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Clarissa's Blog

An academic's opinions on feminism, politics, literature, philosophy, teaching, academia, and a lot more.

Spousal Hiring Is Evil

As I keep saying, spousal hires are a huge mistake. This is what happens when you do it. In case you read the link, you need to know that it’s all egregious, insane lies spread by a spurned spousal hire.

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35 thoughts on “Spousal Hiring Is Evil

  1. At least, she was denied of tenure.

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    • I don’t get tenure at Yale unless you are a megastar.

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      • So Clarissa, who is/was she married to?

        I am sorry to be mean about Bob Basil’s sister. But I don’t think a whole institution should be bent to saving peoples’ marriages. And I think salaries should be high enough so you don’t need two to survive (at my institution practically the only way out of precarity is to marry).

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        • Anibal.

          What she doesn’t understand is that scholars who do get tenure at Yale don’t start out as “a friend’s wife tolerated on sufferance for his sake.” It’s simply not the way to become a major scholar, and definitely not within 3 years.

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          • I’m sure Bob’s sister is a lovely person. But I’ve seen so many disasters brought by this practice that I’m against it, not against individual people.

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          • Right. Well, it seems she’s been there 7 years, the regular time, and to have publications that are in fact enough and respectable enough for many places (such as the place she’s been hired) — but that aren’t megastar-level. I wouldn’t have sued for that although the sexual harassment situation at that place is a different question. The case that fascinates me more is of the guy they turned down a couple of years ago, in Portuguese — I don’t know him but looking at what his work is, I think I’d like to.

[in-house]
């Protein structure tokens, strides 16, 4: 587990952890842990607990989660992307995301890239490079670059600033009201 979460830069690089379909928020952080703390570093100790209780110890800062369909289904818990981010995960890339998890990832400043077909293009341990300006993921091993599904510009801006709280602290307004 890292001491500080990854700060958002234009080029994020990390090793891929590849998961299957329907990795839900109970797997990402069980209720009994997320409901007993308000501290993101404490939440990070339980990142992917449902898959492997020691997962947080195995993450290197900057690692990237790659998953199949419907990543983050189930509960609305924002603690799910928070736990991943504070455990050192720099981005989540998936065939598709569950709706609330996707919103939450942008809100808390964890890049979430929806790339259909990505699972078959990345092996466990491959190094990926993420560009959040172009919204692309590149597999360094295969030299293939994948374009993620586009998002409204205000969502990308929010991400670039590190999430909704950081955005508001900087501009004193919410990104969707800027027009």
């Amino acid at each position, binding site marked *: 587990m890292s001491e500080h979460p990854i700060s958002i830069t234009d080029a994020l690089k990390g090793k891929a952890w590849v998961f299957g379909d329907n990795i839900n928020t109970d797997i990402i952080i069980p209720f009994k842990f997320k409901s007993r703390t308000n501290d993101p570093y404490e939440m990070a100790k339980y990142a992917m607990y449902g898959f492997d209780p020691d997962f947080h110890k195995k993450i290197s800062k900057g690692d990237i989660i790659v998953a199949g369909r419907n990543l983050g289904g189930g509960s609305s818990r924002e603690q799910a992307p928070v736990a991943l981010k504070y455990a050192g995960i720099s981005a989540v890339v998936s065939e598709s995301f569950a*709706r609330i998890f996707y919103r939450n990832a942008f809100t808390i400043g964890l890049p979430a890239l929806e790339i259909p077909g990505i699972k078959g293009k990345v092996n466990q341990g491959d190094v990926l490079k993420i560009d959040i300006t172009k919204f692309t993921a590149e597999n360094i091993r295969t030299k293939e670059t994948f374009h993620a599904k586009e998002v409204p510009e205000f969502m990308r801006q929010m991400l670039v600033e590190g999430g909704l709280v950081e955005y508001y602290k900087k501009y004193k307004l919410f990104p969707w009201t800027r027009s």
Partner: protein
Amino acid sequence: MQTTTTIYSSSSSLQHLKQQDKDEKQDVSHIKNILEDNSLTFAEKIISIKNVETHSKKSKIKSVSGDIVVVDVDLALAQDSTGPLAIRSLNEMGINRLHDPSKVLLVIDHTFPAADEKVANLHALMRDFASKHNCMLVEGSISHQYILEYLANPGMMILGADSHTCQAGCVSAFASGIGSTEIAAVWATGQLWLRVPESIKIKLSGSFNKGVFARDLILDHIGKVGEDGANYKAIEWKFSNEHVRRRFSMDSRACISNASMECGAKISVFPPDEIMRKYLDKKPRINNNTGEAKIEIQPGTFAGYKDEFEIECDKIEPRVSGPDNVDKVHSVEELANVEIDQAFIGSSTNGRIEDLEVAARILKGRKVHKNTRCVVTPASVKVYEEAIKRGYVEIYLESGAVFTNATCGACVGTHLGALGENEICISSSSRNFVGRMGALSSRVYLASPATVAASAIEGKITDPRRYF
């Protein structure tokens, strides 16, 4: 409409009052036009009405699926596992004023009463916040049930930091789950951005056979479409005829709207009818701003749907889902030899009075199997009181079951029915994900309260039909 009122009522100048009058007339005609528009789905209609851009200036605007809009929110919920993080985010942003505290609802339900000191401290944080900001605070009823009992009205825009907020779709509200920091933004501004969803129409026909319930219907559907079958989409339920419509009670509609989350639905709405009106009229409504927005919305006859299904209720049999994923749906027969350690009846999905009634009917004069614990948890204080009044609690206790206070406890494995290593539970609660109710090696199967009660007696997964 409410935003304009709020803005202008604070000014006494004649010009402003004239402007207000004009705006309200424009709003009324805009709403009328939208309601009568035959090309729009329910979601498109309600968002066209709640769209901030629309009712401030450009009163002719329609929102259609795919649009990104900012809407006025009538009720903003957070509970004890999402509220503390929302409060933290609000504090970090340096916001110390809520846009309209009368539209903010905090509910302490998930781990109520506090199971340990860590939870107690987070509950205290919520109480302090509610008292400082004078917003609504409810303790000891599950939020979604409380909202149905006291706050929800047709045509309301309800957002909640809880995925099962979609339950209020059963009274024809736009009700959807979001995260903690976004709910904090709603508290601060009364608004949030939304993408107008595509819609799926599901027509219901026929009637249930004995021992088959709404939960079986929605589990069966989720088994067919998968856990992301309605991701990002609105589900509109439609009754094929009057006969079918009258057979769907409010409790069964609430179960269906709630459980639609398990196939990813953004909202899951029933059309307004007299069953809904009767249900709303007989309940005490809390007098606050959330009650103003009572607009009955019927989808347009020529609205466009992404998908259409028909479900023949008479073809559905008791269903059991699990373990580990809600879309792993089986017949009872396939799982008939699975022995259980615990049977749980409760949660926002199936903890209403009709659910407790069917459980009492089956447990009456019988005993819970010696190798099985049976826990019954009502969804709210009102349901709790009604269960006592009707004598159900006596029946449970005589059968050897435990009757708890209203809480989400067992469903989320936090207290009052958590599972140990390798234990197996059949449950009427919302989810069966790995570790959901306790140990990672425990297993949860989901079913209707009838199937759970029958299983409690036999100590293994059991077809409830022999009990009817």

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            • There is no sexual harassment. It’s all a fabrication. She can’t even allege anything happened outside of “unsupportive comments” because 2 of the 3 people she is suing are heterosexual women. It’s all a ridiculous fabrication.

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              • But, didn’t she blow whistle on RGE or something — ?

                Anyway, look, OT: I am in Riga watching tv in Russian. I flew from Amsterdam and had I not known it wasn’t, I’d have though my seat mate was you. Really. Amazing. A little younger and the her red hair was natural, otherwise, your near twin. She was Lithuanian, though. Then I had dinner and there were all these scallions and radishes on the side. That I didn’t order specifically — they just came.

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              • She blew the whistle on him using bad words like joder and pendejo. 😁😁😁

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  2. I doubt my sister’s marriage would have survived without a spousal hiring. And I have known many academic marriages that have failed because of geographical distance between homes. (BTW, the university who employs sis and brother-in-law are still on happy terms.) (Crap-shoot, I know.)

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    • These jobs are extremely competitive these days. Imagine how it feels to people who are eminently qualified and who are passed by for a job in favor of somebody whose main qualification is having married the right person. I understand that it’s uncomfortable to people but the alternative is simply unfair. And when you look at it from students’ perspective, it’s even more so.

      Liked by 1 person

    • They shouldn’t have married another academic. I know that sounds harsh but what is this: a playpen for peoples’ romances or a workplace? What are these jobs? Work, or sinecures? It’s bad precisely because then you get the rest of the family working there as well, not just the two spouses. And you have to watch their entire divorce at work in slow motion. And they have mysterious powers. It is SO bad.

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    • Also, I hate to say it, but if your sister’s marriage is that weak perhaps she would be better off without it? And why does someone have to give up a job for a spouse, just so a rocky marriage can be “saved”?

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  3. The same thing occurs very often in the Québec’s government.

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  4. The department in my field in my home city was wrecked completely by a spousal hire. 10 years of misery for students. Now their misbehaviour became so nasty that they finally lost tenure!